Rising affluence usually translates into optimism about the future. One of the chief findings from the vast World Values Surveys is that economic development generally elevates happiness, well-being, and satisfaction with life.
Why, then, are so many people in affluent societies pessimistic about their children’s future?
The majority of Americans and Europeans don’t believe today’s children will be better off financially than their parents, according to a new study by the Pew Research Center. In fact, the citizens of most of the countries with advanced economies are pretty gloomy about their children’s prospects. Conversely, the citizens of many emerging-market societies see a bright future for their children.
The reason for these differences is the rate of economic development. This is shown clearly in this graph from Pew. Those who live in nations with the fastest GDP growth are optimistic about their children’s future. China and Vietnam are prime examples. Nations with slow growth (like the US) or negative growth (like Italy or Spain) exhibit lots of pessimism.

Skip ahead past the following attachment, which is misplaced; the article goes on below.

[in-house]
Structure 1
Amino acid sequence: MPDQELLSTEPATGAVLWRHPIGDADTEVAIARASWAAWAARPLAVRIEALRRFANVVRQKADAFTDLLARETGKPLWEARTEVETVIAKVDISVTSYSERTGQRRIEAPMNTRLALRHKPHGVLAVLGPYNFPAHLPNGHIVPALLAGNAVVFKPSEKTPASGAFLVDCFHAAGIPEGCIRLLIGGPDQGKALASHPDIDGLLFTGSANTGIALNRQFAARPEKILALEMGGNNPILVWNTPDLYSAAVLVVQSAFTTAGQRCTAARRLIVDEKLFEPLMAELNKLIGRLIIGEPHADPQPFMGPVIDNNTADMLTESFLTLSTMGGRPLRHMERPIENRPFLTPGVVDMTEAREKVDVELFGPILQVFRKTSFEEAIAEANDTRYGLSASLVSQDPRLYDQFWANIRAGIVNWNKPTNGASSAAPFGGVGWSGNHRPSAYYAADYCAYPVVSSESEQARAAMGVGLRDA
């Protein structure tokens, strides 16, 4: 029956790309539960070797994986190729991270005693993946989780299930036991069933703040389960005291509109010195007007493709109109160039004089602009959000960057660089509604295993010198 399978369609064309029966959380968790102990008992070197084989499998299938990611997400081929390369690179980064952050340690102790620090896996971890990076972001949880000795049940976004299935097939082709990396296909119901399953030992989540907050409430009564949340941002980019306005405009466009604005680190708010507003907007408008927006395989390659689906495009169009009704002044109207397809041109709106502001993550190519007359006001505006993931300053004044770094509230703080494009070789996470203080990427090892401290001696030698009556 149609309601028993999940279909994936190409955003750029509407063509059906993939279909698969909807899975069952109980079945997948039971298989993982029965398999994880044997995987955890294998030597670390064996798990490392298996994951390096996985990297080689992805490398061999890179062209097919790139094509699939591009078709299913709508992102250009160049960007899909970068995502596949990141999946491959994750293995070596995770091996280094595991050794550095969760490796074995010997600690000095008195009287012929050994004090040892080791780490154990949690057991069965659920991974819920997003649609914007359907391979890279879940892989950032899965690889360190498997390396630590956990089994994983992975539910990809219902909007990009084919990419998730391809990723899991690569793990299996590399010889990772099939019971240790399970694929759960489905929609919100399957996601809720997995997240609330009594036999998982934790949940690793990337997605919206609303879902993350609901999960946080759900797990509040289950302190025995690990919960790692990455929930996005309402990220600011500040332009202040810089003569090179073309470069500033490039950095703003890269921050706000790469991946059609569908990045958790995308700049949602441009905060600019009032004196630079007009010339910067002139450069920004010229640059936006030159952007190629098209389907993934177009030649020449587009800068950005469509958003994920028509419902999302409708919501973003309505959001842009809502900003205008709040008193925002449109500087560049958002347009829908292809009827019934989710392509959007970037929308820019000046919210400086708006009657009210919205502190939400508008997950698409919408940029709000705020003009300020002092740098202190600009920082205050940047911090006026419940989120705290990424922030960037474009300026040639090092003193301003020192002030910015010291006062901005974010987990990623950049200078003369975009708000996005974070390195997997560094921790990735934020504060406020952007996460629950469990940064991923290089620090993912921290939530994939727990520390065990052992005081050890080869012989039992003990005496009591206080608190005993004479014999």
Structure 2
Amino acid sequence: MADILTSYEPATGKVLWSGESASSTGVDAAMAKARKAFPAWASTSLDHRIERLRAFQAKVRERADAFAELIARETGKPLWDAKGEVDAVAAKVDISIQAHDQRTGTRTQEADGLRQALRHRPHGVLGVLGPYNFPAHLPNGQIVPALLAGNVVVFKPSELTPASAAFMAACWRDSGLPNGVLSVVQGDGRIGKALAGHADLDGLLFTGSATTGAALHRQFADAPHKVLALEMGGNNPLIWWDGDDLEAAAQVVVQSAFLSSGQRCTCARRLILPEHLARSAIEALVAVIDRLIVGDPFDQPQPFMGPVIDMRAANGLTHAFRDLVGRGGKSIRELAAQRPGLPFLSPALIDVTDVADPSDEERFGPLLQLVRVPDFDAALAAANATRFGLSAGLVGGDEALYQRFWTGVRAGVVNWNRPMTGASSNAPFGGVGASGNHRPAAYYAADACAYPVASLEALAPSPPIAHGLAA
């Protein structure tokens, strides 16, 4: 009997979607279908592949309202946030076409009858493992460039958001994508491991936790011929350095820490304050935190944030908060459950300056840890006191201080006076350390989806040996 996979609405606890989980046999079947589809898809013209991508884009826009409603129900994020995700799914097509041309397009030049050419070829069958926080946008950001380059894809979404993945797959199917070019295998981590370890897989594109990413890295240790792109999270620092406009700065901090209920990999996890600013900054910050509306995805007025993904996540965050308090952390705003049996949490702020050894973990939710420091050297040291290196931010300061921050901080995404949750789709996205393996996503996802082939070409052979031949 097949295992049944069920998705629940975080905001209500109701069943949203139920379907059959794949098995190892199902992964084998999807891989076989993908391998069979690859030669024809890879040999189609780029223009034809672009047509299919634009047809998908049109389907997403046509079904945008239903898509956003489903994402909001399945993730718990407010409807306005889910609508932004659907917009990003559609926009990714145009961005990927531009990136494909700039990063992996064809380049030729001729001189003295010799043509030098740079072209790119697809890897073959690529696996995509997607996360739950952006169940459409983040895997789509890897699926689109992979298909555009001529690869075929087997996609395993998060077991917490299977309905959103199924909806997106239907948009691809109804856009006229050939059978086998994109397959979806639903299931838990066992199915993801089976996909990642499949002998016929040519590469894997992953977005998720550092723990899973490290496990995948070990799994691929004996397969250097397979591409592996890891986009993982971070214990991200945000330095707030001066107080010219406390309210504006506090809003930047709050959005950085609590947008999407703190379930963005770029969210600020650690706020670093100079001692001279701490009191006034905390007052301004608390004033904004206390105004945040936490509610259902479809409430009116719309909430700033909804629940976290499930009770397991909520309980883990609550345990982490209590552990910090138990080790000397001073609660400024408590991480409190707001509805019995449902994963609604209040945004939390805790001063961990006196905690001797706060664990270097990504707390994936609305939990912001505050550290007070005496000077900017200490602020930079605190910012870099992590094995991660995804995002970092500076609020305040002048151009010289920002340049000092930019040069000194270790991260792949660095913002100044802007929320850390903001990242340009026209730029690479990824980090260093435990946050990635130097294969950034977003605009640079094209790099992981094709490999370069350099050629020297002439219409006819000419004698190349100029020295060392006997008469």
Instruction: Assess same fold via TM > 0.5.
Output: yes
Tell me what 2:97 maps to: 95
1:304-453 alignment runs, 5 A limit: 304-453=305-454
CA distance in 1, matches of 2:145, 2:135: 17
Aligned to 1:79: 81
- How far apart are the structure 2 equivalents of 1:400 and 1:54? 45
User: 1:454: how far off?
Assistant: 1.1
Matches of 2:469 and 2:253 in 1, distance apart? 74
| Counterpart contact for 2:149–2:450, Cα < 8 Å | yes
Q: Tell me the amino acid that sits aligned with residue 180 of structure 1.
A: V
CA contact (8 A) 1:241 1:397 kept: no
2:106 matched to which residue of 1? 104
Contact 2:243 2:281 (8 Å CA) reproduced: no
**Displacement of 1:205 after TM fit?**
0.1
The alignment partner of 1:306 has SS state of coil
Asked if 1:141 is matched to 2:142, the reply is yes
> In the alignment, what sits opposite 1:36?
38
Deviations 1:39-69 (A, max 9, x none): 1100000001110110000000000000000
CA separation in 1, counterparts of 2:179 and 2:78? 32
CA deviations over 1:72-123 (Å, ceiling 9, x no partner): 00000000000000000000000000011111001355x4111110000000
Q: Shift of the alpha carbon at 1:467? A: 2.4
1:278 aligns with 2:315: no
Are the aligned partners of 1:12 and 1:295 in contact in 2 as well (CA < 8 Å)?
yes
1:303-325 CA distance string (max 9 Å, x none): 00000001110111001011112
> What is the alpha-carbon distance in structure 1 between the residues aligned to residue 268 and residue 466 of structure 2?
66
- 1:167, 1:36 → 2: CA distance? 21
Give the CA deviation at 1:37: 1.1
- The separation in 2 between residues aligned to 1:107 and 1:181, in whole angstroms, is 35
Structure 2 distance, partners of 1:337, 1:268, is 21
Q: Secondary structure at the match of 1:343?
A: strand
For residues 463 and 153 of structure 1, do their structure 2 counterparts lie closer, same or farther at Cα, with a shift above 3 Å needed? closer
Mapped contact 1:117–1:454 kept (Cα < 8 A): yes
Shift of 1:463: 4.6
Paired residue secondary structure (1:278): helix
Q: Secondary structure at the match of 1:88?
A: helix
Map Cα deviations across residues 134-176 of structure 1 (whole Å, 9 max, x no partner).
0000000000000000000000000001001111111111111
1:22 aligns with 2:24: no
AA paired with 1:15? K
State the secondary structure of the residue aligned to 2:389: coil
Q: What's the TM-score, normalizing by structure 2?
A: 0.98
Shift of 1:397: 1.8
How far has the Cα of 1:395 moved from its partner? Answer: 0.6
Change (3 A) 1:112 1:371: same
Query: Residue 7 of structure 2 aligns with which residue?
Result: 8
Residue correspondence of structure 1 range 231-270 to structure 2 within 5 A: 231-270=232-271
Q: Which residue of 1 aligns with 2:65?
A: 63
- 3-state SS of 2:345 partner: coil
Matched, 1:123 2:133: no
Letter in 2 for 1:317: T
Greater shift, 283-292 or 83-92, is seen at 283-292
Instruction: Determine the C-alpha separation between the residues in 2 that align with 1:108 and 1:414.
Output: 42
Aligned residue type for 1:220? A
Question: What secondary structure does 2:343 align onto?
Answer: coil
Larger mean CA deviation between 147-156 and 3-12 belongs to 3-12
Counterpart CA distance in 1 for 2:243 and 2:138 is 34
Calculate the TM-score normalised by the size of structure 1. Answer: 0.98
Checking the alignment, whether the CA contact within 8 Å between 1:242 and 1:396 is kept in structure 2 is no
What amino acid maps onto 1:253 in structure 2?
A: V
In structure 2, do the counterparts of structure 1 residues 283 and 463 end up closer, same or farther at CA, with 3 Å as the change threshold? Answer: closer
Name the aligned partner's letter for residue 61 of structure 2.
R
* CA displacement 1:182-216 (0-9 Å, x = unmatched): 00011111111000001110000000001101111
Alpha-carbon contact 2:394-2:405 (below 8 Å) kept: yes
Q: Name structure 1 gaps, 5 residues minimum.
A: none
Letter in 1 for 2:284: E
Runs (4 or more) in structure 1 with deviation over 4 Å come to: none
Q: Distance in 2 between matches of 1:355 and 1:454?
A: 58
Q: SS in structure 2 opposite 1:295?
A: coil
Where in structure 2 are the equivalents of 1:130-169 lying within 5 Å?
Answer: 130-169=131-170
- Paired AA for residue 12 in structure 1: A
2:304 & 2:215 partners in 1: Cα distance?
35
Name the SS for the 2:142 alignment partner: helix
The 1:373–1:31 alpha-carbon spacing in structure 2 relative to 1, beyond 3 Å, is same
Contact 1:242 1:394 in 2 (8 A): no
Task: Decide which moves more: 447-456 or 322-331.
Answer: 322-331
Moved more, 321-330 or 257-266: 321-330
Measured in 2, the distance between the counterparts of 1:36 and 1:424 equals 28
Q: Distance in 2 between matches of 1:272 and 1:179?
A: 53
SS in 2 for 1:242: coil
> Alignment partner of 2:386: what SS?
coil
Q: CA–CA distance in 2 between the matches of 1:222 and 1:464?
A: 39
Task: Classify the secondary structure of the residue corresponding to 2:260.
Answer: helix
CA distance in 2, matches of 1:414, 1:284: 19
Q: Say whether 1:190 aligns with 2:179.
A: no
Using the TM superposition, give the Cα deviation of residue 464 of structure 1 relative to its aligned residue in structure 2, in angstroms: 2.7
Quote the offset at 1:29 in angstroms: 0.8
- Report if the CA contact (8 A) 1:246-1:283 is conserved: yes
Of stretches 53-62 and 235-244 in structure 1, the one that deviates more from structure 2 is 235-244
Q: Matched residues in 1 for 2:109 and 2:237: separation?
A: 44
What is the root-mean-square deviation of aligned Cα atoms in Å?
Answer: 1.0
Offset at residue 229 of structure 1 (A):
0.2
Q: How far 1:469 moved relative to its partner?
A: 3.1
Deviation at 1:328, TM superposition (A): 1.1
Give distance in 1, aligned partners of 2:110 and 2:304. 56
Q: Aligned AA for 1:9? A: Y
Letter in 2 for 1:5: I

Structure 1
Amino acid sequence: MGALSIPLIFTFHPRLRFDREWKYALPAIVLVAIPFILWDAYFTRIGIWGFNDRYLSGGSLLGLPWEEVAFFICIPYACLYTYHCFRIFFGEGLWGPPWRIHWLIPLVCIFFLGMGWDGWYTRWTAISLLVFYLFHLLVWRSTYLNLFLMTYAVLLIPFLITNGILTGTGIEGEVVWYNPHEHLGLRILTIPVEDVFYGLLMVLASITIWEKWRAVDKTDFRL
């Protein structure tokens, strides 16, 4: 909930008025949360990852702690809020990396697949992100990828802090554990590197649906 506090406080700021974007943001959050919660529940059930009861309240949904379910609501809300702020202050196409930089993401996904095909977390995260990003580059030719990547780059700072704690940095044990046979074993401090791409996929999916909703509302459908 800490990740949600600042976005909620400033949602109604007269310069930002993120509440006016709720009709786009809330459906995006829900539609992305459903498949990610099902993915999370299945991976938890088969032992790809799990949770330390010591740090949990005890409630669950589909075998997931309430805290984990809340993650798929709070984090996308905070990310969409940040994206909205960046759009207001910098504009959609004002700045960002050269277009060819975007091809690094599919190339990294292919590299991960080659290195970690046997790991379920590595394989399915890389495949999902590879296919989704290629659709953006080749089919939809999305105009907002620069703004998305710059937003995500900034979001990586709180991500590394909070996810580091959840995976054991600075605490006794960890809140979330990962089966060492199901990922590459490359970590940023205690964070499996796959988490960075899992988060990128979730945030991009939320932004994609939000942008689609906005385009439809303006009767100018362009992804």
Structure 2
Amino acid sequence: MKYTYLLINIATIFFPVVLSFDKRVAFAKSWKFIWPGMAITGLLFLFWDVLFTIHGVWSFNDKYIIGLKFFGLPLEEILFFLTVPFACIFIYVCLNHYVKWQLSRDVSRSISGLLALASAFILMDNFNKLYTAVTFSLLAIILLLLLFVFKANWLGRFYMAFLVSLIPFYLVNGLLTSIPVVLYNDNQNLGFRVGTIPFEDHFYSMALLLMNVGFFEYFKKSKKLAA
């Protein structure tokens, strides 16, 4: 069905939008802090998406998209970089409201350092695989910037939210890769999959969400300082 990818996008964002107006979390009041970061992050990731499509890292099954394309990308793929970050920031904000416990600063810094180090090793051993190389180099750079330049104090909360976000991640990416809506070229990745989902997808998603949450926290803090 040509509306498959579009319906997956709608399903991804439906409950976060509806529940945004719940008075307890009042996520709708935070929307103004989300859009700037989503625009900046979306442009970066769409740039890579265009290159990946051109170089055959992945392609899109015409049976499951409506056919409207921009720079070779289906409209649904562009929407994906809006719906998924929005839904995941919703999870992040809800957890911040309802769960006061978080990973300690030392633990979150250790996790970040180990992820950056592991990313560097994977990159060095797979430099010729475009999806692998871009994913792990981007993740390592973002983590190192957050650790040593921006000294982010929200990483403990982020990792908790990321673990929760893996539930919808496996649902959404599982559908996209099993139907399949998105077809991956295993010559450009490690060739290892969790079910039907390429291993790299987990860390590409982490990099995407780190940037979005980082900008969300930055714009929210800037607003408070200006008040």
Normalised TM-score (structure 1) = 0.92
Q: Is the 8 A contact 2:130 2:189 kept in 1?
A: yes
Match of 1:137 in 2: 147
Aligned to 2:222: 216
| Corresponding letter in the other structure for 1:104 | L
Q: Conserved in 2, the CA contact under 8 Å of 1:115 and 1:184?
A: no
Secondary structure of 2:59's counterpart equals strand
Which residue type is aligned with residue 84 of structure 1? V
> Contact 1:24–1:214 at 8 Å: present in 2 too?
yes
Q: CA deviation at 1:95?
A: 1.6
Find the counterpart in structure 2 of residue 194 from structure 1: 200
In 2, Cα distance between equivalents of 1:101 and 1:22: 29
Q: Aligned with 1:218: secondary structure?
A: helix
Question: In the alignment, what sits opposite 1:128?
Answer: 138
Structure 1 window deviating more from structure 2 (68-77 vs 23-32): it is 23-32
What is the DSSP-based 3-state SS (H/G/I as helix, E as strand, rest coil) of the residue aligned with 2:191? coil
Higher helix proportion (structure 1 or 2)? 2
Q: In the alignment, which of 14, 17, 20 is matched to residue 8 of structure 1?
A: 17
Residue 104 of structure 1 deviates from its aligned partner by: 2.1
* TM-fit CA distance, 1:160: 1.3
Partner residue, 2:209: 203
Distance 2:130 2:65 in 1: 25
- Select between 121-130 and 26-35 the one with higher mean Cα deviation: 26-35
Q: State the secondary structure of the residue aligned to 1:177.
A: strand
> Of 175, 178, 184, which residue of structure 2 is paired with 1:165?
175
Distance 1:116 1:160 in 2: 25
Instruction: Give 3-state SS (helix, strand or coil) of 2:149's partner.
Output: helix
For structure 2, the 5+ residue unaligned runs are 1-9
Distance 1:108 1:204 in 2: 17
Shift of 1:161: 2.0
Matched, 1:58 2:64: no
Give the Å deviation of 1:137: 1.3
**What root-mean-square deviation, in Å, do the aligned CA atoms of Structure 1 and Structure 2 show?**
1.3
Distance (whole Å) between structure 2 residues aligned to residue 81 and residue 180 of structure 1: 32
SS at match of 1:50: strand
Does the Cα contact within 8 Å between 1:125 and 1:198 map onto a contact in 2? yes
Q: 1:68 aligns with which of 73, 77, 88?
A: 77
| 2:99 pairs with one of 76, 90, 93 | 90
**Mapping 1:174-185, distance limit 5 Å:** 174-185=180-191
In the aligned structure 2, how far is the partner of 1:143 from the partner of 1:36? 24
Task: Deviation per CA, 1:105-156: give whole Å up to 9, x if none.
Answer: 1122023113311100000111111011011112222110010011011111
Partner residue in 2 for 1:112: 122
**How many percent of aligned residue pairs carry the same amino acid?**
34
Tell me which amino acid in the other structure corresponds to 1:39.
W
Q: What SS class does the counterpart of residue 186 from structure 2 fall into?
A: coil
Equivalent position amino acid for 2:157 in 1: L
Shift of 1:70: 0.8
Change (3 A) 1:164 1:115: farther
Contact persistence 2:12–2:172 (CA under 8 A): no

Other factors matter, of course. Argentineans, Lebanese, and Tanzanians are experiencing fast GDP growth, but they are less optimistic than they should be, given their rate of economic change. Conversely, Ukrainians have experienced negative economic growth but they are more optimistic than nations with similar economic experiences.
How optimistic or pessimistic are you about the future prospects of today’s children?
Are your surprised that so many people in affluent societies are pessimistic about their children’s future?
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